Henri Nouwen (1932-1996) was a professor at Harvard University, but he resigned from Harvard and moved to the L’Arche community to serve people with learning disabilities in 1985. He tells in his book titled In the Name of Jesus: Reflections On Christian Leadership that his movement from Harvard to L’Arche made him aware in a new way how much his own thinking about Christian leadership had been affected by the desire to be relevant, the desire for popularity, and the desire for power. He points out that one of the greatest ironies of the history of Christianity is that its leaders constantly gave in to the temptation of power—political power, military power, economic power, or moral and spiritual power—even though they continued to speak in the name of Jesus, who did not cling to his divine power but emptied himself and became as we are. The Dutch priest claims that the way of the Christian leader is not the way of upward mobility in which our world has invested so much, but the way of downward mobility ending on the cross. It is not a leadership of power and control, but a leadership of powerlessness and humility in which the suffering servant of God, Jesus Christ, is made manifest. This kind of leadership is radically different from the leadership seen in the world. It is a servant leadership in which the leader is a vulnerable servant who needs the people as much as they need their leader. Robert Greenleaf, the author of Servant Leadership, points out that the servant leader is not leader first, but servant first. The leader-fist and the servant-first are extremely different. Some people say that when they become leaders, they will serve their communities. But the right way is to serve first, which brings one to aspire to lead. This is the principle and value system of the kingdom of God, as Jesus teaches us saying, “Anyone who wants to be first must be the very last, and the servant of all.”

I realize that I am still looking for upward mobility in the world and the church. I heard from some coworkers of our UBF community that I was an exemplary missionary for my success in discipleship and self-supporting ministry in Venezuela. While my wife and I were serving campus ministry in that country, our church grew in number to have around 100 participants in Sunday Worship Service. We transferred leadership to Venezuelan local leaders successfully and the church grew even more under local leadership, which was an ideal case for cross-cultural missionary work. I had failed in different businesses many times. However, God blessed my business finally and I could earn enough money to support my family, my church, and my future plans. However, my success was putting my own soul in danger. When I was kidnapped ten years ago, I felt my incompetency deeply and had to rediscover my identity truly. As a consequence, I emptied myself from business and ministry by coming to the US for my theological study. For a while, my wife and I felt lonely in a new land missing our brothers and sisters in Venezuela. But I started again my upward mobility doing my best in my study and completed my master’s degree in divinity in 3 years. I am pursuing a Ph.D. degree in Theology and working at this prestigious church as a pastor. I have been very busy during the last 10 months after moving to Chicago for serving God’s ministry, I believe. But through the last missionaries and national leaders conference I realized that I had missed the most important thing of my life, that is to know Christ. I was working hard, but I was not learning from Jesus. I repented of my spiritual disorientation and renewed my decision to know Christ first. Now, this teaching of Jesus: “Anyone who wants to be first must be the very last, and the servant of all” makes me reexamine the direction of my life if I am looking for upward mobility or downward mobility. Once again, I confess that I am an ambitious man by nature. Hence, if I do not take downward mobility intentionally, I would be swept away by upward mobility. This is the reason why I must remember the teaching of Jesus repeatedly: “Anyone who wants to be first must be the very last, and the servant of all.”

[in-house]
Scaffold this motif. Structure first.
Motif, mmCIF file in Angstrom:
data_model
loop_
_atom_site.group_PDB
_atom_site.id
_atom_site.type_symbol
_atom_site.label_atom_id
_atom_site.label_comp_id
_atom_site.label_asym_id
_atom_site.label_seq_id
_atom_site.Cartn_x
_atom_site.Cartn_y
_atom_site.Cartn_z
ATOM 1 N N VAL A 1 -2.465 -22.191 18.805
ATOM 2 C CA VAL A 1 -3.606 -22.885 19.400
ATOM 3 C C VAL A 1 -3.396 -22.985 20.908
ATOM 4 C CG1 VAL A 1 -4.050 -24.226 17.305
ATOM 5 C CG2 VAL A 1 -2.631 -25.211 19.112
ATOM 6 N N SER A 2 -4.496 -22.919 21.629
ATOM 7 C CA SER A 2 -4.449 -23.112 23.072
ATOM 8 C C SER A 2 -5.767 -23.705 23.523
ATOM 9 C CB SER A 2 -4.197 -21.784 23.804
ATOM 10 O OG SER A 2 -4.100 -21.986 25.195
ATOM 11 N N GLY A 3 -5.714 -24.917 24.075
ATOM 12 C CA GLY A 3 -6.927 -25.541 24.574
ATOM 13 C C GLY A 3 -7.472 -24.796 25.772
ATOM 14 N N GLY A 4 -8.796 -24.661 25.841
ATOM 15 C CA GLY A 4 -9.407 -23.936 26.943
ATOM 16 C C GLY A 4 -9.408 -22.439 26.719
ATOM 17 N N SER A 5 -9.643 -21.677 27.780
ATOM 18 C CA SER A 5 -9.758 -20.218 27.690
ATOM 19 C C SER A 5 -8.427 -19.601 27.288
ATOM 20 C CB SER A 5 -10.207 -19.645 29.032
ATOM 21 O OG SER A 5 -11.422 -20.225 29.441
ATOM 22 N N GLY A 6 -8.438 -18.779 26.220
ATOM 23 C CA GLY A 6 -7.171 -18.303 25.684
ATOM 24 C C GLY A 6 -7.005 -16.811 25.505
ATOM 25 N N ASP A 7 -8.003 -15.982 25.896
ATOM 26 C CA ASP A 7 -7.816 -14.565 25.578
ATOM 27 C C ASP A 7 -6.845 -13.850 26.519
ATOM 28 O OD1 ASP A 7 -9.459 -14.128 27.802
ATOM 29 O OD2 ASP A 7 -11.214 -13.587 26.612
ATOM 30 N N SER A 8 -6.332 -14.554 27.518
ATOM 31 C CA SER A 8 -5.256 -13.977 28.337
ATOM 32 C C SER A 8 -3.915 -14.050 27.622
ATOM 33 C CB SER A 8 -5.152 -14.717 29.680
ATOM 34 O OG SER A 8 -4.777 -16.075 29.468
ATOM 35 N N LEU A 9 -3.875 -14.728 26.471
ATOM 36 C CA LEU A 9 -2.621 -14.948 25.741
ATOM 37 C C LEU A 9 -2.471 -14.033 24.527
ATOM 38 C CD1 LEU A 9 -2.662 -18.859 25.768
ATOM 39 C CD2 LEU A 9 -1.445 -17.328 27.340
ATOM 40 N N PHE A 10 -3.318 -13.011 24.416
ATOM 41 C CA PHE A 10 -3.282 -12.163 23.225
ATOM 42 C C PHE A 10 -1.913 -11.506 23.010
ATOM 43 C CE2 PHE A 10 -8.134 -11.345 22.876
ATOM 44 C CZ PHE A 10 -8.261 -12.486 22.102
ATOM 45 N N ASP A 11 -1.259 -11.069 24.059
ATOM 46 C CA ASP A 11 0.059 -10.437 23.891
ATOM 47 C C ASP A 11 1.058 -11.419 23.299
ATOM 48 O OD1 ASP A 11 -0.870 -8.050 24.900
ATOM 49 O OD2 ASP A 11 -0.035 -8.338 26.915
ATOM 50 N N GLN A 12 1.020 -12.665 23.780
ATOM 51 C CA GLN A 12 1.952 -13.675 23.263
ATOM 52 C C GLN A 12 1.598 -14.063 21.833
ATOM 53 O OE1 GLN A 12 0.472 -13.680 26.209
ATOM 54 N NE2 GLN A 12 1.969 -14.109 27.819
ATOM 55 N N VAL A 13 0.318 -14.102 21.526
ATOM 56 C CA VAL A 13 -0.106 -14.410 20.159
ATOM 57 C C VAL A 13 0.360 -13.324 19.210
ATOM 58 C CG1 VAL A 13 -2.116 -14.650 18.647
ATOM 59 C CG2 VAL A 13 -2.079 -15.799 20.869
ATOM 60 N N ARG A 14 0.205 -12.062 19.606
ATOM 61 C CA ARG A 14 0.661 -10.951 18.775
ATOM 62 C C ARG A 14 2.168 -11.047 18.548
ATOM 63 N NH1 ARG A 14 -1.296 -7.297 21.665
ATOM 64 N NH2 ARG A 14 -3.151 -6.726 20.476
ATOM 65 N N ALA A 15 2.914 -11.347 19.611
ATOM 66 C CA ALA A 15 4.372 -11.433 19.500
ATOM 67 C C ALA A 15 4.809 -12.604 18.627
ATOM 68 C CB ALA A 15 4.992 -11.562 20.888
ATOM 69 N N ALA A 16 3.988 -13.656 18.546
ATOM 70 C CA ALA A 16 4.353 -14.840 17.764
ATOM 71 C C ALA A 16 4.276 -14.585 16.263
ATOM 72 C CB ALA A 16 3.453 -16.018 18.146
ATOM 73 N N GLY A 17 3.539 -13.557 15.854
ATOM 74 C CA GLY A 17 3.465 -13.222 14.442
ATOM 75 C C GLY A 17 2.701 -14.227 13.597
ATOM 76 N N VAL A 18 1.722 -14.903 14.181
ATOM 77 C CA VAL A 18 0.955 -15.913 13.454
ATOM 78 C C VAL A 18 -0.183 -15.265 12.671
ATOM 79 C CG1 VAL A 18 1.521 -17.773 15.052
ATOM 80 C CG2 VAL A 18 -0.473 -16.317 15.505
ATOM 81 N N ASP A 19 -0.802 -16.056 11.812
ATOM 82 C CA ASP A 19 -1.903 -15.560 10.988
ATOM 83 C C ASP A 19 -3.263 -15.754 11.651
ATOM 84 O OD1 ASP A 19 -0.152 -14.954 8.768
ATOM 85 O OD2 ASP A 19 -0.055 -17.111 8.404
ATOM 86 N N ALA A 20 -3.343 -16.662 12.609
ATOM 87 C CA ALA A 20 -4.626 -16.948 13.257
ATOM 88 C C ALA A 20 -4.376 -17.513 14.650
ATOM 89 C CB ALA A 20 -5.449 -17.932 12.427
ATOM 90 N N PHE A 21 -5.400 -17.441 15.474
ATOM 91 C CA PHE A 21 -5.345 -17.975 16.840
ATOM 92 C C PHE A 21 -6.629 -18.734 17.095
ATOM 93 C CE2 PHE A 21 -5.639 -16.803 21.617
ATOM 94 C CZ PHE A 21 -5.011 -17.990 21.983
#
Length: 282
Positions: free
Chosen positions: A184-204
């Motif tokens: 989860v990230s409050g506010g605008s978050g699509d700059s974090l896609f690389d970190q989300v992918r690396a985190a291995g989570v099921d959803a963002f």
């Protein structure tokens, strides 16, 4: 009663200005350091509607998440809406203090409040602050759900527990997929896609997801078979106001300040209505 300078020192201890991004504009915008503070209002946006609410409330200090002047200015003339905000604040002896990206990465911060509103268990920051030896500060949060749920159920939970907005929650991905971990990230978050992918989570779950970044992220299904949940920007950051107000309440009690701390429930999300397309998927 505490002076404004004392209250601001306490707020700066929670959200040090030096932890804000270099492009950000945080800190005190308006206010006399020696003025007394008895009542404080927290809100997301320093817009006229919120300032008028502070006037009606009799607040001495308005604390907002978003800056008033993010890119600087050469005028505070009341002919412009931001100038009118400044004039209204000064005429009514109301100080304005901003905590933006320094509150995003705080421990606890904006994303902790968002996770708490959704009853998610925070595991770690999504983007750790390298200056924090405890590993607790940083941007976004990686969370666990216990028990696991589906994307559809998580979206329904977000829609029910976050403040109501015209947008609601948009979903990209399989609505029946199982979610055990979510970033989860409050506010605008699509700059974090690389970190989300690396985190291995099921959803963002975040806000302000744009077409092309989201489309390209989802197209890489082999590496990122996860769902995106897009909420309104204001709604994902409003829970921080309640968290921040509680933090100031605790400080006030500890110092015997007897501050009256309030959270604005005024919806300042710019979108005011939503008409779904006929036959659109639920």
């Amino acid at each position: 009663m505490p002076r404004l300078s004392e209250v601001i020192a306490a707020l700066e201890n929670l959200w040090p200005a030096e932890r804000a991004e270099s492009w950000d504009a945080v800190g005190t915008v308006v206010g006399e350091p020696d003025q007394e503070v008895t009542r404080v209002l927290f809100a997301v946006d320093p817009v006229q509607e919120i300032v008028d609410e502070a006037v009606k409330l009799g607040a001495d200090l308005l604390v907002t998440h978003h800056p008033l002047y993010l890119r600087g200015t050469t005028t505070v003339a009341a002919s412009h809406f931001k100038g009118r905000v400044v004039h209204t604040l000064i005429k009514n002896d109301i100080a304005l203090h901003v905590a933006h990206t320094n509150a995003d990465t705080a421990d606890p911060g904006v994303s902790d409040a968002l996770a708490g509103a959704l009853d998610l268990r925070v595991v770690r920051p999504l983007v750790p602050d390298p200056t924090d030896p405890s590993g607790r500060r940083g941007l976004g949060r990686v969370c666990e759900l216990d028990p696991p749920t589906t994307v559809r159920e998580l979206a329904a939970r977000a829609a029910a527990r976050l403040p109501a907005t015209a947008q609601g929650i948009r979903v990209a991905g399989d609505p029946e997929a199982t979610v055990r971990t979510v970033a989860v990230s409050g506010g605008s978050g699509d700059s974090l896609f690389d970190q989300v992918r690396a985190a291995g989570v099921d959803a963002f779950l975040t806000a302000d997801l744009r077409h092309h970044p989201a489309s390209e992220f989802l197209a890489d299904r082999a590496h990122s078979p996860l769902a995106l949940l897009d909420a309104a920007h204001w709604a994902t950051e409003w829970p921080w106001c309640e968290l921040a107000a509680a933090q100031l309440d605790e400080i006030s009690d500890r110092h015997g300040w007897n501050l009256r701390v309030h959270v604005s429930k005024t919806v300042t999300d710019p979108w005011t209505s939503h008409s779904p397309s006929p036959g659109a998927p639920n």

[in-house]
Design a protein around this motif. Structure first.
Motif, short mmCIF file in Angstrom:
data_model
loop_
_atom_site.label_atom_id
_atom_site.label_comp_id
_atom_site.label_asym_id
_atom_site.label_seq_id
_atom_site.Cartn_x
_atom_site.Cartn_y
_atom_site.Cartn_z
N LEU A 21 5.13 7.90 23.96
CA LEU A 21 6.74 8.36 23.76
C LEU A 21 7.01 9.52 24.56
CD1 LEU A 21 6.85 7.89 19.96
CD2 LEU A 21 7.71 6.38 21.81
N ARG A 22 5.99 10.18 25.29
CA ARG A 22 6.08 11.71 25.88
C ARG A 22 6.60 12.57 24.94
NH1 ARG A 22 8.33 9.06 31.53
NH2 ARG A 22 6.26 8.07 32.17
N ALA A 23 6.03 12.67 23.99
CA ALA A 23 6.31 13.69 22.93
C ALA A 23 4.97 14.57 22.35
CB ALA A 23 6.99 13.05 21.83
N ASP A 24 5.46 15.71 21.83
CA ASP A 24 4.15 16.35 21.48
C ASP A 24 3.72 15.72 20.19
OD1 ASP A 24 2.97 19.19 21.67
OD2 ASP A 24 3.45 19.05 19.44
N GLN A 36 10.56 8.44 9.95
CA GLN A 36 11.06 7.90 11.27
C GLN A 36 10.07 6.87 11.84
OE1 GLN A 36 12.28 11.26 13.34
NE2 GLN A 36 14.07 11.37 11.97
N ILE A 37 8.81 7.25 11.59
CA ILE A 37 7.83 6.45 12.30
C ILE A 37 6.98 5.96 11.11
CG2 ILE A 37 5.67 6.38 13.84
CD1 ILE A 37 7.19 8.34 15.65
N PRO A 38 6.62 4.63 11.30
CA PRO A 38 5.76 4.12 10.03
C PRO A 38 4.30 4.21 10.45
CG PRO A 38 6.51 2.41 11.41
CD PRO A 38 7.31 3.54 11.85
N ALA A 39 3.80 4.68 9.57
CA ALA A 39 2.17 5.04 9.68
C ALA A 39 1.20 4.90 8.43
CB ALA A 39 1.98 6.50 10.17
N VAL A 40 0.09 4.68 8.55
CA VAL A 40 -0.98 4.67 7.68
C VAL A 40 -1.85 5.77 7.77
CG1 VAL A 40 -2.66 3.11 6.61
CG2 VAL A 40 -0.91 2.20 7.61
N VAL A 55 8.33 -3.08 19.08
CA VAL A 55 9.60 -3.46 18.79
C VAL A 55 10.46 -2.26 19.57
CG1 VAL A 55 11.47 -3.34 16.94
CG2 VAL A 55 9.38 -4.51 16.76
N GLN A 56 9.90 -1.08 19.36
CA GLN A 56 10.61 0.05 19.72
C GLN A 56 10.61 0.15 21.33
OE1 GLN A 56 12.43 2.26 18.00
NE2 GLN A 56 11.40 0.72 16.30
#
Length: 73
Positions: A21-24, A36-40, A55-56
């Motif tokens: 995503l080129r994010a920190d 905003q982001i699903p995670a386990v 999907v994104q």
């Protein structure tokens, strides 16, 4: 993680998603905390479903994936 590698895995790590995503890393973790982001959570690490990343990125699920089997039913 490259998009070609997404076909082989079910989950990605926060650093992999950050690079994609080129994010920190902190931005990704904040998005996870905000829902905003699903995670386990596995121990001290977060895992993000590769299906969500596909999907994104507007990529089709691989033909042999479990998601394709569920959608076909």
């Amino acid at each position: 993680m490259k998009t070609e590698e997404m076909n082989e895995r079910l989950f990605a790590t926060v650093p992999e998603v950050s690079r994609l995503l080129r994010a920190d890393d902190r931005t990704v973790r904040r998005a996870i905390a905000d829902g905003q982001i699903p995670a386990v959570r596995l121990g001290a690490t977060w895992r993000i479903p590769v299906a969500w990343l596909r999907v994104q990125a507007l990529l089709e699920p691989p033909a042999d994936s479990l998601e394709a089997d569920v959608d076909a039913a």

Jesus illustrated his teaching by taking a little child in his arms and saying to them, “Whoever welcomes one of these little children in my name welcomes me; and whoever welcomes me does not welcome me but the one who sent me” (37). In Jesus’ time, listening to “children’s talk” was thought to be a waste of time. To welcome a little child requires a lot of patience and a serving heart. But anyone who wants to be first must be a servant of the least powerful and influential person such as a child. I am a little shy with children because of my poor English doubting if they can understand what I say. One day Matthew and Sunny’s family visited my home with their three children—Titus, Timmy, and Tristen. They are very lovely and friendly. Their first son Titus loves talking. He came to me without any hesitation and talked to me many things. I had to listen to him carefully because I could not fully understand what he was saying. I tried to respond to him and surprisingly he understood very well. I breathed a sigh of relief. To welcome a little child in the name of Jesus means to welcome a child as we welcome Jesus. Jesus tells us that whoever welcomes a little child welcomes him and the Father in heaven.